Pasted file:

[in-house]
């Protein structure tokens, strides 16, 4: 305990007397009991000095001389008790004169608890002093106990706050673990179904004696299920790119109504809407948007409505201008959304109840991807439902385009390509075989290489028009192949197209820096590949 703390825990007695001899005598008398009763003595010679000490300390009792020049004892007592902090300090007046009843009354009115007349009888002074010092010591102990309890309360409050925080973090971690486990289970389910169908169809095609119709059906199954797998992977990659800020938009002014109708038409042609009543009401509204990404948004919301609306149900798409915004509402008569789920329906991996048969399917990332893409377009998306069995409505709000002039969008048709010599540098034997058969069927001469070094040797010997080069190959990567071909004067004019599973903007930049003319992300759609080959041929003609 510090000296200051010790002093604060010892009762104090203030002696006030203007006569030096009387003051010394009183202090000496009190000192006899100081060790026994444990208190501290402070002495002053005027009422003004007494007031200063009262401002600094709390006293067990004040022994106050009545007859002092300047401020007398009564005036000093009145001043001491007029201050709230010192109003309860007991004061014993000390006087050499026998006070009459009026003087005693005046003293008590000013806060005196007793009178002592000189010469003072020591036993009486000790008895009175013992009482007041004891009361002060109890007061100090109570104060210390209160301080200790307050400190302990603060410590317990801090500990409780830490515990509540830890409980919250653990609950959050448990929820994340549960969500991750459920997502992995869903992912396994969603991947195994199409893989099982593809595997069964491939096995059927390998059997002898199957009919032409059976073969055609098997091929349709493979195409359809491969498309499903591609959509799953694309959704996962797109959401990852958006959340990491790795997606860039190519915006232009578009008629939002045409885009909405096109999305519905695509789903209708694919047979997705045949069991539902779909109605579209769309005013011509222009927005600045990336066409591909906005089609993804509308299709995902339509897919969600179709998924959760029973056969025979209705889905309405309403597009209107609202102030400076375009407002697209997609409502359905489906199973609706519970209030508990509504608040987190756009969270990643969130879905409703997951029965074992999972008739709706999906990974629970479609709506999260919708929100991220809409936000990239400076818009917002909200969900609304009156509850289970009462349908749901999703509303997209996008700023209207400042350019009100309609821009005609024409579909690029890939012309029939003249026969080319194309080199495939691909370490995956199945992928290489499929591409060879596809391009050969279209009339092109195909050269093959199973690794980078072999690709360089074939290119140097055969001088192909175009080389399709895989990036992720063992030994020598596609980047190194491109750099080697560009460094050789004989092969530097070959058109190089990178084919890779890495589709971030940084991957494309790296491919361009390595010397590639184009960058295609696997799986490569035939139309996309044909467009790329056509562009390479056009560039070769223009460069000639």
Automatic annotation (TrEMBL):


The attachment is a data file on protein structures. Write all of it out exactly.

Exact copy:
[in-house]
């Protein structure tokens, strides 16, 4: 305990007397009991000095001389008790004169608890002093106990706050673990179904004696299920790119109504809407948007409505201008959304109840991807439902385009390509075989290489028009192949197209820096590949 703390825990007695001899005598008398009763003595010679000490300390009792020049004892007592902090300090007046009843009354009115007349009888002074010092010591102990309890309360409050925080973090971690486990289970389910169908169809095609119709059906199954797998992977990659800020938009002014109708038409042609009543009401509204990404948004919301609306149900798409915004509402008569789920329906991996048969399917990332893409377009998306069995409505709000002039969008048709010599540098034997058969069927001469070094040797010997080069190959990567071909004067004019599973903007930049003319992300759609080959041929003609 510090000296200051010790002093604060010892009762104090203030002696006030203007006569030096009387003051010394009183202090000496009190000192006899100081060790026994444990208190501290402070002495002053005027009422003004007494007031200063009262401002600094709390006293067990004040022994106050009545007859002092300047401020007398009564005036000093009145001043001491007029201050709230010192109003309860007991004061014993000390006087050499026998006070009459009026003087005693005046003293008590000013806060005196007793009178002592000189010469003072020591036993009486000790008895009175013992009482007041004891009361002060109890007061100090109570104060210390209160301080200790307050400190302990603060410590317990801090500990409780830490515990509540830890409980919250653990609950959050448990929820994340549960969500991750459920997502992995869903992912396994969603991947195994199409893989099982593809595997069964491939096995059927390998059997002898199957009919032409059976073969055609098997091929349709493979195409359809491969498309499903591609959509799953694309959704996962797109959401990852958006959340990491790795997606860039190519915006232009578009008629939002045409885009909405096109999305519905695509789903209708694919047979997705045949069991539902779909109605579209769309005013011509222009927005600045990336066409591909906005089609993804509308299709995902339509897919969600179709998924959760029973056969025979209705889905309405309403597009209107609202102030400076375009407002697209997609409502359905489906199973609706519970209030508990509504608040987190756009969270990643969130879905409703997951029965074992999972008739709706999906990974629970479609709506999260919708929100991220809409936000990239400076818009917002909200969900609304009156509850289970009462349908749901999703509303997209996008700023209207400042350019009100309609821009005609024409579909690029890939012309029939003249026969080319194309080199495939691909370490995956199945992928290489499929591409060879596809391009050969279209009339092109195909050269093959199973690794980078072999690709360089074939290119140097055969001088192909175009080389399709895989990036992720063992030994020598596609980047190194491109750099080697560009460094050789004989092969530097070959058109190089990178084919890779890495589709971030940084991957494309790296491919361009390595010397590639184009960058295609696997799986490569035939139309996309044909467009790329056509562009390479056009560039070769223009460069000639």
Automatic annotation (TrEMBL):